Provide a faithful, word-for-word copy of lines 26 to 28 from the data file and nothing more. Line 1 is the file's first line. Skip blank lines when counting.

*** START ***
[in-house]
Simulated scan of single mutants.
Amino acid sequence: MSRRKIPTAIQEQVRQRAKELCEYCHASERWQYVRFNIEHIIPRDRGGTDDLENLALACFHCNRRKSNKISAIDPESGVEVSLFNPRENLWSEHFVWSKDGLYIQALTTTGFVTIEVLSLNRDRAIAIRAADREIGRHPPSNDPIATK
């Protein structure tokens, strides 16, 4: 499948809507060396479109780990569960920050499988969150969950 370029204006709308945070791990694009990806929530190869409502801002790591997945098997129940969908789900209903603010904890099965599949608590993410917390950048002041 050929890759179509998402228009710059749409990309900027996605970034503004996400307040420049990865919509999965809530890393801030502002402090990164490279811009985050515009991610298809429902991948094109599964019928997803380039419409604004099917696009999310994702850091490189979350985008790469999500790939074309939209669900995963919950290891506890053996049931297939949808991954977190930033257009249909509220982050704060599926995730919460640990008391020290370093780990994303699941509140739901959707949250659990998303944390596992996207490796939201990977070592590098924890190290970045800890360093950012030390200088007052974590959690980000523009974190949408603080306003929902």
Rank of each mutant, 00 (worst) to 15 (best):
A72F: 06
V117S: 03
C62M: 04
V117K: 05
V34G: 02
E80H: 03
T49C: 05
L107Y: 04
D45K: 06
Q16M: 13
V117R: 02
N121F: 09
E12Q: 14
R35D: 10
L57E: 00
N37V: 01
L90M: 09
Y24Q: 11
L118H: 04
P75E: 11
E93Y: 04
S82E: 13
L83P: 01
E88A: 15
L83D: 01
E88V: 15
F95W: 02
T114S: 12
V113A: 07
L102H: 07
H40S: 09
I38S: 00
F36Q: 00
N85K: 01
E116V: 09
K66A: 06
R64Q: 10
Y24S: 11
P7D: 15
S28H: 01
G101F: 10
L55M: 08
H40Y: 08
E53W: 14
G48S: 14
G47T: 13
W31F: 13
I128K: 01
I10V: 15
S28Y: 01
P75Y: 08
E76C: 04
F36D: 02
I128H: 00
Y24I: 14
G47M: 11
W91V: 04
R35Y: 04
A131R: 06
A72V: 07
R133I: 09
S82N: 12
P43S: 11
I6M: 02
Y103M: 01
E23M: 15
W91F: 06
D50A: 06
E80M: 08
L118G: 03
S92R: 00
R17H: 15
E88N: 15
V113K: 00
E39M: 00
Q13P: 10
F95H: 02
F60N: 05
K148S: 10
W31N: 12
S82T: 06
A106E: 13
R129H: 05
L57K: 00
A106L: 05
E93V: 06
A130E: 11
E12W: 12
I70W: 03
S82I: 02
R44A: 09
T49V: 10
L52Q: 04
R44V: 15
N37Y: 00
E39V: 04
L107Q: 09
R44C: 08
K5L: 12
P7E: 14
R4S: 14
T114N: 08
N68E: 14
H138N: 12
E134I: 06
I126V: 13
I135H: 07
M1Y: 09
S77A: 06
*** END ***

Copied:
E93Y: 04
S82E: 13
L83P: 01